If you live in Austin then you already know there’s too much damn music to keep track of. And sometimes you just want to sift through it in bite-sized chunks. We totally understand. Allow us to introduce you to The Latest Toughs, five tracks from five bands to get you up to date and make each of your workdays a little easier.
Chipper Jones- “Tropics”
It’s the middle of the week and I am a raw bundle of nerves. I suppose it’s about that time of year where I get real fun and plunge into a nightly cycle of despair. “I could be getting paid a salary to write copy for motorcycle parts,” I say. “Or I could have taken that celebrity news gossip gig and never looked back.” But what’s writing without a consistent, indomitable sadness? There is a pick me up at my disposal though. It comes in the form of Chipper Jones’ new track “Tropics,” a swirling cavalcade of arpeggios and mesmerizing rhythms. Like Battles, but a bit more straightforward and agreeable. Or Tortoise but not as sleep inducing. Partnered this time out with Kevin Butler at the Orb, Chipper Jones have upped their production game as well as their craft, and the result is something inspiring and transformational. “Tropics” eagerly makes good on its title, and while I may be stuck here inside, churning out content, at least I can dream of sun and mojitos.
EMQ- “Shame (Christopher Cox Mix)”
Last year, Asleep at the Wheel singer Elizabeth McQueen debuted a new project called EMQ, where she was joined by Lauren Gurgiolo from Okkervil River and Lindsay Green, a veteran bassist who has performed with Seth Walker and others. EMQ’s initial two track offering was a nice surprise, a hybrid of all three artist’s prior groups and experiences that sounded like a very pure, timeless kind of pop. The trio have reemerged with a new song, “Shame,” which they’re offering in three variants, each mixed by a different artist. The best of the bunch in my humble opinion is Christopher Cox’s contribution, which reconfigures EMQ as an Austin response to the Blow. There are handclaps and whirlygig synths and a spirited performance by McQueen. Cox brings the guitars down lower in the mix, letting Green’s bass come to the forefront, drawing out the playfulness of McQueen’s voice as she is flanked by a palm muted guitar lick and an ever shifting array of synth lines. By the end, if you aren’t left wanting more, I feel sorry for you.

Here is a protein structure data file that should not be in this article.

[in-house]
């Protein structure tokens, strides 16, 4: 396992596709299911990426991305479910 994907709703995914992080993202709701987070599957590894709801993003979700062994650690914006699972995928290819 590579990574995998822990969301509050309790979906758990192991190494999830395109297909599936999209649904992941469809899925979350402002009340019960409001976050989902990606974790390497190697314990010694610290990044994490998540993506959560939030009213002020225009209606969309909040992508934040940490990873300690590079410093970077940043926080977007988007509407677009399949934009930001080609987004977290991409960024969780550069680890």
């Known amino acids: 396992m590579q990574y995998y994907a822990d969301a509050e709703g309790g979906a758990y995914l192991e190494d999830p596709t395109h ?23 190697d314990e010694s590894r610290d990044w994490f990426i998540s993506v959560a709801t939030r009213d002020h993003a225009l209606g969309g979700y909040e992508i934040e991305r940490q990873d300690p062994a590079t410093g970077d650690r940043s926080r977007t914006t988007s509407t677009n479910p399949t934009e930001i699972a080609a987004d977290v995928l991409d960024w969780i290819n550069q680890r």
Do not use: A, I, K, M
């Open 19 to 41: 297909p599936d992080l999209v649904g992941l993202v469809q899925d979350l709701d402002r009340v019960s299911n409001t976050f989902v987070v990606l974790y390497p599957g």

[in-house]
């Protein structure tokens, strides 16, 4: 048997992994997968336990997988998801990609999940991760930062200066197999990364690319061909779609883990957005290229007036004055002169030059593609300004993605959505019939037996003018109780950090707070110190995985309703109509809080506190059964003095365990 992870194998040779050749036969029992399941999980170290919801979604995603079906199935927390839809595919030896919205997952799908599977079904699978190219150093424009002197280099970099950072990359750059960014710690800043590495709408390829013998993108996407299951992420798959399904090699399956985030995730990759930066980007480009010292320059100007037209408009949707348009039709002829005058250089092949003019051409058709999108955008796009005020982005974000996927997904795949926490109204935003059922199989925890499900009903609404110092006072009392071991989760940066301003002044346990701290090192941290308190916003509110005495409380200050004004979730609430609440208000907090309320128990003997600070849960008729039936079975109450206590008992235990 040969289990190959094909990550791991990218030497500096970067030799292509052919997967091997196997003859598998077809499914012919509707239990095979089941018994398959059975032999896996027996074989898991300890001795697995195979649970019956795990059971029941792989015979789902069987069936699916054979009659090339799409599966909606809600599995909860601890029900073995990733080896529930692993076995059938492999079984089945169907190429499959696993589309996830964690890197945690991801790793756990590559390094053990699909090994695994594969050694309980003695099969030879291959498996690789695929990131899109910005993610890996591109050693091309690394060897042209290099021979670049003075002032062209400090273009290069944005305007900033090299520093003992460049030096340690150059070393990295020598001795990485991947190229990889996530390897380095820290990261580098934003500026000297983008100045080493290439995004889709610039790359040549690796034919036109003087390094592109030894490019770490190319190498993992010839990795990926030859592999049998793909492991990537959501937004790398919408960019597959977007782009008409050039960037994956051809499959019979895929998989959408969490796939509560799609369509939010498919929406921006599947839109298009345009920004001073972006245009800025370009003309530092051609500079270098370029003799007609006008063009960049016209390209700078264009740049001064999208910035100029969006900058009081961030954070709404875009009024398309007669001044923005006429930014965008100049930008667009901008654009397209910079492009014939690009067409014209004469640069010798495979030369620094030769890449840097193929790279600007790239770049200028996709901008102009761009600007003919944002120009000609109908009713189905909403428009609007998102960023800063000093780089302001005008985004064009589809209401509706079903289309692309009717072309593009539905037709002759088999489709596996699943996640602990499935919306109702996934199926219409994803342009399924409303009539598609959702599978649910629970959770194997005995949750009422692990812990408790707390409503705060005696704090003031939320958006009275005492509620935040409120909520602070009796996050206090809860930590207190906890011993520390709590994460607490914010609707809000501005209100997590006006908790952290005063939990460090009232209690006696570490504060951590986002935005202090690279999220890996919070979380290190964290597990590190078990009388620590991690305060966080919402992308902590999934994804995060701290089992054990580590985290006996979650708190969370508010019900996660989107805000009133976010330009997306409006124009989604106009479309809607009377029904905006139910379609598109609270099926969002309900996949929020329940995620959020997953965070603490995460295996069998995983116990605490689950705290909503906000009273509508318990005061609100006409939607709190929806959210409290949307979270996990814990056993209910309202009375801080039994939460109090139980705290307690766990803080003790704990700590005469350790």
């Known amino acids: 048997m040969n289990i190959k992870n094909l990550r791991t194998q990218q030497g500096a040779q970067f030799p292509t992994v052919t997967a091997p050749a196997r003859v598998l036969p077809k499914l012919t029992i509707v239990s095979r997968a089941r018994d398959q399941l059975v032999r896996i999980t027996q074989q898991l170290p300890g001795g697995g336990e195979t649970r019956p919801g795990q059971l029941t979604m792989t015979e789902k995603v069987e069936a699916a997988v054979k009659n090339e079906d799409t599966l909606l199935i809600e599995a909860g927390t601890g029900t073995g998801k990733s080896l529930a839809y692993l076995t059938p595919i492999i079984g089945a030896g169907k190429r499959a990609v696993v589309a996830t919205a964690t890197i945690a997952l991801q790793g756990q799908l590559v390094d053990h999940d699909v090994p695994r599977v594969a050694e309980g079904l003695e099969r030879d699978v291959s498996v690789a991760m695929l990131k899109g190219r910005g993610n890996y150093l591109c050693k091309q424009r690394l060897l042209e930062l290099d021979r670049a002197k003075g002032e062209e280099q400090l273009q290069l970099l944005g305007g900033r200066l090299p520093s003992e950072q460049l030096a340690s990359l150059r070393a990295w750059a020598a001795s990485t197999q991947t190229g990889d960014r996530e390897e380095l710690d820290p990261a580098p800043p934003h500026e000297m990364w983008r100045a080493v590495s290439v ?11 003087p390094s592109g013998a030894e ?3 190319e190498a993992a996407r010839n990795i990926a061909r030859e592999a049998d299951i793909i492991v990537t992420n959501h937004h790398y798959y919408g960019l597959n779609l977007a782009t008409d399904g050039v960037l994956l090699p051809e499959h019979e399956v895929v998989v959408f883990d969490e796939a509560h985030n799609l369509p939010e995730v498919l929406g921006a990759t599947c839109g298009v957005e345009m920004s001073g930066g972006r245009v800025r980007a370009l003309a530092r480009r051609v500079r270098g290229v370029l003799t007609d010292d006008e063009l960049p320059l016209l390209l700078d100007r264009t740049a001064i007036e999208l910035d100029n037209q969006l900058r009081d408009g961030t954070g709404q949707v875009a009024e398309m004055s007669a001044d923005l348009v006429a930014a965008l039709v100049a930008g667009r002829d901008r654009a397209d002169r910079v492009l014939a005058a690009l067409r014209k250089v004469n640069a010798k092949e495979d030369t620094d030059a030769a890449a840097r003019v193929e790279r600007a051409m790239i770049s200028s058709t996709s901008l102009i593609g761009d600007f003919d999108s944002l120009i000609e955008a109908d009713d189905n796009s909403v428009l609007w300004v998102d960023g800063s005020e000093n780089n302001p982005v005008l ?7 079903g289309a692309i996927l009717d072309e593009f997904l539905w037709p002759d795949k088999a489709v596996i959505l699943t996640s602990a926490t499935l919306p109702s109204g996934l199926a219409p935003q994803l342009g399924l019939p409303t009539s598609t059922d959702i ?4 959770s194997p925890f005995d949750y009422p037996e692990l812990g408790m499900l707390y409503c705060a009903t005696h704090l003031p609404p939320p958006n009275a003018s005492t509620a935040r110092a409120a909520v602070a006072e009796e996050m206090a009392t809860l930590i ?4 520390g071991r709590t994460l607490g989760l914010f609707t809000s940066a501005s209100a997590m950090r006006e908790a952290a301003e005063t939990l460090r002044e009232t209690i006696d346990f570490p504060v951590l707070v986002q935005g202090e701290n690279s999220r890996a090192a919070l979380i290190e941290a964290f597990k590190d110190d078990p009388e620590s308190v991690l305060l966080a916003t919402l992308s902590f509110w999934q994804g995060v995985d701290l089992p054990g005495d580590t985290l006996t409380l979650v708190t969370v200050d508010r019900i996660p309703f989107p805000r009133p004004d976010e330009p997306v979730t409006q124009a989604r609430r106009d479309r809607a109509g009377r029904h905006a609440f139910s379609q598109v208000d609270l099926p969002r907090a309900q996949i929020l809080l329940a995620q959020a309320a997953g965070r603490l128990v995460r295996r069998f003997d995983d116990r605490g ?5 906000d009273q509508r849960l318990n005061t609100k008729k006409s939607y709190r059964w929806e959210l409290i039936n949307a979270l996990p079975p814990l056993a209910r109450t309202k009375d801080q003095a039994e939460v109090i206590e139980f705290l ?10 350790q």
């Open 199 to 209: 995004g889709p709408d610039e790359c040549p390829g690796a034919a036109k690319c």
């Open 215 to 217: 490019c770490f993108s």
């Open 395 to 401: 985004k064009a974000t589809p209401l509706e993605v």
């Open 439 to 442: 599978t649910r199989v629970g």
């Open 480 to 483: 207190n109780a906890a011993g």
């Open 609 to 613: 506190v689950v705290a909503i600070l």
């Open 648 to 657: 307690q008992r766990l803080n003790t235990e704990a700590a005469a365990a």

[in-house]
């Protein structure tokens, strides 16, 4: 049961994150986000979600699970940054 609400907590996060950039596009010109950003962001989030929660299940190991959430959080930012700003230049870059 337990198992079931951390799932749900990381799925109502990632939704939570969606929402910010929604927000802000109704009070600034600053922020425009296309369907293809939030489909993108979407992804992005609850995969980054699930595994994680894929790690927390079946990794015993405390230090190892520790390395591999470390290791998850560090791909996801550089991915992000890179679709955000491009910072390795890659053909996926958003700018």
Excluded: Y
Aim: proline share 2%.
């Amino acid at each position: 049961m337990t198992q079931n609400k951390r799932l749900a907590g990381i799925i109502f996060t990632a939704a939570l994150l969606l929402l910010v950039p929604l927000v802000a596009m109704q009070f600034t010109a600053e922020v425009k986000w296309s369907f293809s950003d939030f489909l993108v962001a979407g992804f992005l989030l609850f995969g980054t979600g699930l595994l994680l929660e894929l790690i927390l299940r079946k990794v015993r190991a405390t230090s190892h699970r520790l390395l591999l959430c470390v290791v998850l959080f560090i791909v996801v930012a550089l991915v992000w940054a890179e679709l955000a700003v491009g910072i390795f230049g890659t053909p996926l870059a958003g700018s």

Kilmatik- “City Stompers (ft. Ruler Why and Norman Ba$e)”
Austin hip hop vet Kilmatik is about to release a new album called Regular but you can get an early glimpse at what’s to come with his “Zero Weirdos” single, featuring Kool Keith under a new alias (he is now potential Bobby Digital archnemesis Robbie Analog) with a solid beat by Ruler Why. But it’s actually one of the remixes on the single that has me hyped. “City Stompers” has Ruler Why and Norman Ba$e both popping up to boost Kilmatik as Markie Tee remixes the original beat and the crew churn out something irresistible. Coming out of the gates with an especially rugged flow, Kilmatik sets the mood for something gritty and grimy, far more aggressive than “Zero Weirdos” sense of play. The beat itself has the feel of a latter day RZA offering, like “Black Mozart,” something that rings even more true when Ruler Why steps in. Then everything abruptly shifts gears for Norman Ba$e’s verse, the beat flipping itself as it slows to a crawl to make Ba$e’s deranged verse hit with maximum impact. 2015 was already looking like a great year for Austin hip hop, but Kilmatik has just taken it up another notch.
Institute- “Perpetual Ebb”
Ever since Impose Magazine premiered Institute’s new track “Perpetual Ebb,” I’ve been trying to make my mind up about it. Institute’s Salt EP is a terrifying work, violent and unflinching and indecipherable. But on “Perpetual Ebb,” the band seems to have given itself one mission: attempt to become Hundred Visions, minus vocal melodies. “Perpetual Ebb” mostly accomplishes this, but it leaves me with one question in return: why?
Migrant Kids- “Thread”
I feel like maybe I should be resisting Migrant Kids’ charms on “Thread.” Everything about the song in description would normally be a turn off. There’s an Edge guitar riff throughout the whole thing. The drums are so compressed they might as well be a drum machine. The melody and production (courtesy of Bright Light Social Hour, oddly enough) are straight ’80s New Wave, but the vocal delivery is early ’00s indie. So I guess you could pare the pull quote down to “‘Thread’ is Death Cab for Cutie covering A Flock of Seagulls, with a late game cameo by Grandaddy’s favorite keyboard setting.” The thing is, I fucking love this song. It’s so endearing in its straightforward poppiness, so propulsive and anthemic, that to hate it would be to surrender to cynicism. Fuck, fine. I’ll got turn in my grumpy music crit credentials now.
Nick Hanover got his degree from Disneyland, but he’s the last of the secret agents and he’s your man. Which is to say you can find his particular style of espionage here at Ovrld as well as Loser City, where he mostly writes about comics. You can also flip through his archives at Comics Bulletin, which he is formerly the Co-Managing Editor of, and Spectrum Culture, where he contributed literally hundreds of pieces for a few years. Or if you feel particularly adventurous, you can always witness his odd .gif battles with his friends and enemies on twitter: @Nick_Hanover